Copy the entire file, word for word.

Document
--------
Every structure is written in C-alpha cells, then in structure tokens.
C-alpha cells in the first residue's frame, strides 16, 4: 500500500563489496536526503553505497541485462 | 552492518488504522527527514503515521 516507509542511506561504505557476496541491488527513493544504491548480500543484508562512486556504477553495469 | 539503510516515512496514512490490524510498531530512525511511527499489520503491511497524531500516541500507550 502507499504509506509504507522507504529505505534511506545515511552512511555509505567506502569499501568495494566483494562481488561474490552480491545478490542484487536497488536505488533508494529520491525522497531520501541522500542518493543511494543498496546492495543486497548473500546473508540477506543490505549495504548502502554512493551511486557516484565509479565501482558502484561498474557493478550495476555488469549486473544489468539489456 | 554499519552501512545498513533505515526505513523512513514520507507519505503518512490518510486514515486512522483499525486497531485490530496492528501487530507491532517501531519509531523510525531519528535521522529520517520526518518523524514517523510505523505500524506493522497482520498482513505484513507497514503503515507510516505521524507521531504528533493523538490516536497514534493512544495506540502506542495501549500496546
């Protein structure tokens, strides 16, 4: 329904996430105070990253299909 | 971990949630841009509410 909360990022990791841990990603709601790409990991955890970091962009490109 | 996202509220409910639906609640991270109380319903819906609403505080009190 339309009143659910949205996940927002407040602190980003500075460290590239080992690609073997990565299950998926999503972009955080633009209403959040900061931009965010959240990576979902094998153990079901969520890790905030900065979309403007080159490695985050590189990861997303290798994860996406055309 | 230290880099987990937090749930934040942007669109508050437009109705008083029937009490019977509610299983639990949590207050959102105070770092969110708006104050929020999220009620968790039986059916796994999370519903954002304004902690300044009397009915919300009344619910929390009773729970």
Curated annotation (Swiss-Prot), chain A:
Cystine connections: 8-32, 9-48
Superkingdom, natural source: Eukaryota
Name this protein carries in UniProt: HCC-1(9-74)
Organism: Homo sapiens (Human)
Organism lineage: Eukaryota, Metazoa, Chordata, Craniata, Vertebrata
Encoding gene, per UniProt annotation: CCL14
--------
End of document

Every structure is written in C-alpha cells, then in structure tokens.
C-alpha cells in the first residue's frame, strides 16, 4: 500500500563489496536526503553505497541485462 | 552492518488504522527527514503515521 516507509542511506561504505557476496541491488527513493544504491548480500543484508562512486556504477553495469 | 539503510516515512496514512490490524510498531530512525511511527499489520503491511497524531500516541500507550 502507499504509506509504507522507504529505505534511506545515511552512511555509505567506502569499501568495494566483494562481488561474490552480491545478490542484487536497488536505488533508494529520491525522497531520501541522500542518493543511494543498496546492495543486497548473500546473508540477506543490505549495504548502502554512493551511486557516484565509479565501482558502484561498474557493478550495476555488469549486473544489468539489456 | 554499519552501512545498513533505515526505513523512513514520507507519505503518512490518510486514515486512522483499525486497531485490530496492528501487530507491532517501531519509531523510525531519528535521522529520517520526518518523524514517523510505523505500524506493522497482520498482513505484513507497514503503515507510516505521524507521531504528533493523538490516536497514534493512544495506540502506542495501549500496546
């Protein structure tokens, strides 16, 4: 329904996430105070990253299909 | 971990949630841009509410 909360990022990791841990990603709601790409990991955890970091962009490109 | 996202509220409910639906609640991270109380319903819906609403505080009190 339309009143659910949205996940927002407040602190980003500075460290590239080992690609073997990565299950998926999503972009955080633009209403959040900061931009965010959240990576979902094998153990079901969520890790905030900065979309403007080159490695985050590189990861997303290798994860996406055309 | 230290880099987990937090749930934040942007669109508050437009109705008083029937009490019977509610299983639990949590207050959102105070770092969110708006104050929020999220009620968790039986059916796994999370519903954002304004902690300044009397009915919300009344619910929390009773729970």
Curated annotation (Swiss-Prot), chain A:
Cystine connections: 8-32, 9-48
Superkingdom, natural source: Eukaryota
Name this protein carries in UniProt: HCC-1(9-74)
Organism: Homo sapiens (Human)
Organism lineage: Eukaryota, Metazoa, Chordata, Craniata, Vertebrata
Encoding gene, per UniProt annotation: CCL14